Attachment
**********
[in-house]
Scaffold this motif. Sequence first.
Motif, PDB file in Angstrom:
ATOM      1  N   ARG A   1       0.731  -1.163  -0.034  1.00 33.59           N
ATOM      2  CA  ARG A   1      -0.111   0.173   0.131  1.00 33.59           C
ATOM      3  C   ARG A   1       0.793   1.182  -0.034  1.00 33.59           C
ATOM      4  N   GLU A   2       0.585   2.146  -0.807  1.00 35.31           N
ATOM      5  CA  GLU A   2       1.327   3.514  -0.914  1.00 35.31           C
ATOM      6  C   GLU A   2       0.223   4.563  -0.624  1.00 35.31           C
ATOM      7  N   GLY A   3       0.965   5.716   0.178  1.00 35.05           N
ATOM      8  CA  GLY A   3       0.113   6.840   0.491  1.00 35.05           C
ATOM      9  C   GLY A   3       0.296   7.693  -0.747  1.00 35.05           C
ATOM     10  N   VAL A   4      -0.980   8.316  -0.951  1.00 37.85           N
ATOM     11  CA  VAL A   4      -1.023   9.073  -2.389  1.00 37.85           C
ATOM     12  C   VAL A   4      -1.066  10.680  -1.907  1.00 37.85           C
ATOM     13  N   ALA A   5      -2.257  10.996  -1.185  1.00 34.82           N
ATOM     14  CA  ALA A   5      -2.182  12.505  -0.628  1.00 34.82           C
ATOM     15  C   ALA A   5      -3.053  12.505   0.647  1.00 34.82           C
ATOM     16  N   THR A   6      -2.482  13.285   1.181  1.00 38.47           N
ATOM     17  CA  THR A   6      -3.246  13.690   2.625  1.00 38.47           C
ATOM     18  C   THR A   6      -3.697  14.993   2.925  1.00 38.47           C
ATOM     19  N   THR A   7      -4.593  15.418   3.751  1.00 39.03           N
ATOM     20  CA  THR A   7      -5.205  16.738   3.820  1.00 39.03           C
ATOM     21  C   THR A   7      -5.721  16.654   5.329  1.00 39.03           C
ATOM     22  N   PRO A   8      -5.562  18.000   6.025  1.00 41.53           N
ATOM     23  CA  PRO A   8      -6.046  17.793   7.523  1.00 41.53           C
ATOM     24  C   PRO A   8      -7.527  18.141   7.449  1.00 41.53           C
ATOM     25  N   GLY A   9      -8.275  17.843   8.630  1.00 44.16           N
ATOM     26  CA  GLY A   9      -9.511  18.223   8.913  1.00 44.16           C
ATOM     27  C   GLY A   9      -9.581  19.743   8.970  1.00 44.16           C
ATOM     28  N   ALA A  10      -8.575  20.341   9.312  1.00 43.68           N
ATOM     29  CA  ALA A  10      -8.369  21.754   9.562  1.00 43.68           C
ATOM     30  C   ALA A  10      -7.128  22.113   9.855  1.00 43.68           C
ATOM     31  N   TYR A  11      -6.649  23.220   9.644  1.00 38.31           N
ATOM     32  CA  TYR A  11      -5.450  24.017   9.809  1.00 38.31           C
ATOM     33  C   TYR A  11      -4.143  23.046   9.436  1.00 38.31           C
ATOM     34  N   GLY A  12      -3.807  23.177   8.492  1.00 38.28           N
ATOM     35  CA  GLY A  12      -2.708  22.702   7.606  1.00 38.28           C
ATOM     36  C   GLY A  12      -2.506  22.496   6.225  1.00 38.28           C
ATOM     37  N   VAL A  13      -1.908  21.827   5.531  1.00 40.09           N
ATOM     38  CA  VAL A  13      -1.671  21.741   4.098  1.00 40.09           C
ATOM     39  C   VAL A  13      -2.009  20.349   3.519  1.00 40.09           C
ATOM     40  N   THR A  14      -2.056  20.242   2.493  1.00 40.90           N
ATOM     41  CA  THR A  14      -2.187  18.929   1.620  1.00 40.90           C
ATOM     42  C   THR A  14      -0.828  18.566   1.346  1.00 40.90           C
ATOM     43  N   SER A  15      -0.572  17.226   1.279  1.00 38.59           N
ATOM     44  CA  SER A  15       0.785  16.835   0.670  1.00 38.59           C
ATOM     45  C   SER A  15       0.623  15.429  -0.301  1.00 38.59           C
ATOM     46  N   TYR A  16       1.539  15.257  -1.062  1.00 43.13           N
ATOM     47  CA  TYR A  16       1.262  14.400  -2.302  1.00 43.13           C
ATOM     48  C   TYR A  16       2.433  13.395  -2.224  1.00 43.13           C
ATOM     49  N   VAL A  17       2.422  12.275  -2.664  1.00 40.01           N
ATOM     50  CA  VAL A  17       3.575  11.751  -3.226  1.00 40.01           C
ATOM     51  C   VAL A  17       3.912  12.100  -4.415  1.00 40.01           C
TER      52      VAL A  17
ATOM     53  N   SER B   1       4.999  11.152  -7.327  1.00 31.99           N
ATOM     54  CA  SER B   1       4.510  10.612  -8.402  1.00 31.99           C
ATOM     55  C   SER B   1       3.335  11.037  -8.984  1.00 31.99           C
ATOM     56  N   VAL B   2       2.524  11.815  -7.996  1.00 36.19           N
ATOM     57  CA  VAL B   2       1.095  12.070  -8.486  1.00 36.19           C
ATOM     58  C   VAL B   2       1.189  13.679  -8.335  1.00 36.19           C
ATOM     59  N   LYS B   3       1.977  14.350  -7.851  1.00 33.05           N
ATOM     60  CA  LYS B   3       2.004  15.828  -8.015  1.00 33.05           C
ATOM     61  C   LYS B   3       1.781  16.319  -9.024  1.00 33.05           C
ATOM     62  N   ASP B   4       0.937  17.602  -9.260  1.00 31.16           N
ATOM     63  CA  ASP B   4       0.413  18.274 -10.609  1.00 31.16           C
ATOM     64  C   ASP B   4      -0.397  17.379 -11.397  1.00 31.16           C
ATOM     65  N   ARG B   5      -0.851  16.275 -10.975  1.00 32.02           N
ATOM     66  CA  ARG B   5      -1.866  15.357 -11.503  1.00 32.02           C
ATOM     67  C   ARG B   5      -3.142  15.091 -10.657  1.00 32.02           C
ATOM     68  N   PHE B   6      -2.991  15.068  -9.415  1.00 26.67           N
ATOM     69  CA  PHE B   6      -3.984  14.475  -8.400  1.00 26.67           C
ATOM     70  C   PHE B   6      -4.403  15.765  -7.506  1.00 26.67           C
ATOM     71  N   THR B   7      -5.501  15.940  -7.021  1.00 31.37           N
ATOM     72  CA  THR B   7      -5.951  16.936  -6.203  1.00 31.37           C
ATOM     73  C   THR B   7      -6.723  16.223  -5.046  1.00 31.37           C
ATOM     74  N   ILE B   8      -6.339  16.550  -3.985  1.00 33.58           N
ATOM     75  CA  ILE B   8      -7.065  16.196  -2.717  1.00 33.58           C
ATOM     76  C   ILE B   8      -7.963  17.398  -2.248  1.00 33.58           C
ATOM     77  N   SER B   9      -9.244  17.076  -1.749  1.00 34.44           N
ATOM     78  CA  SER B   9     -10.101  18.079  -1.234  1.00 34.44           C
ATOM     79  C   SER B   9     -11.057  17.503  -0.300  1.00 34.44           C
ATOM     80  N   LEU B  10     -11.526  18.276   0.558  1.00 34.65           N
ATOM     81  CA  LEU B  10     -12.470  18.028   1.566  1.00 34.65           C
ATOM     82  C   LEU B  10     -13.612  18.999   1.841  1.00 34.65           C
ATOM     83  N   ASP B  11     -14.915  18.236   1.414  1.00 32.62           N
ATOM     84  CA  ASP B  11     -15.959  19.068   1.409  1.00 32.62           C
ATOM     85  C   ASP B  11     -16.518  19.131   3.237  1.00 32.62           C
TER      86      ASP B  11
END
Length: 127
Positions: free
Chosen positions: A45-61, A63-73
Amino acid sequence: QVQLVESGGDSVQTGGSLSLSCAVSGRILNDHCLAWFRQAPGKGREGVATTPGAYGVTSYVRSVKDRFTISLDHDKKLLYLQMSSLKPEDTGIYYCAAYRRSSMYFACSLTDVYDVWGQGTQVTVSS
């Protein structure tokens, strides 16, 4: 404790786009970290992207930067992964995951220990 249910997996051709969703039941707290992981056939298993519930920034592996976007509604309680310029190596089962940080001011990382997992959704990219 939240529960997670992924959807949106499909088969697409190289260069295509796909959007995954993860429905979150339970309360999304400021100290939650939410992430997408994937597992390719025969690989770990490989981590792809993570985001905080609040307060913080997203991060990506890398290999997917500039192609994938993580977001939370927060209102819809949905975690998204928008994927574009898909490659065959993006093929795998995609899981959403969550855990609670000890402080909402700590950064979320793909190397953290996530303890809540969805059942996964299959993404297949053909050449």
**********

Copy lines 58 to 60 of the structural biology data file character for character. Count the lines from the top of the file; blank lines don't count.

ATOM     55  C   SER B   1       3.335  11.037  -8.984  1.00 31.99           C
ATOM     56  N   VAL B   2       2.524  11.815  -7.996  1.00 36.19           N
ATOM     57  CA  VAL B   2       1.095  12.070  -8.486  1.00 36.19           C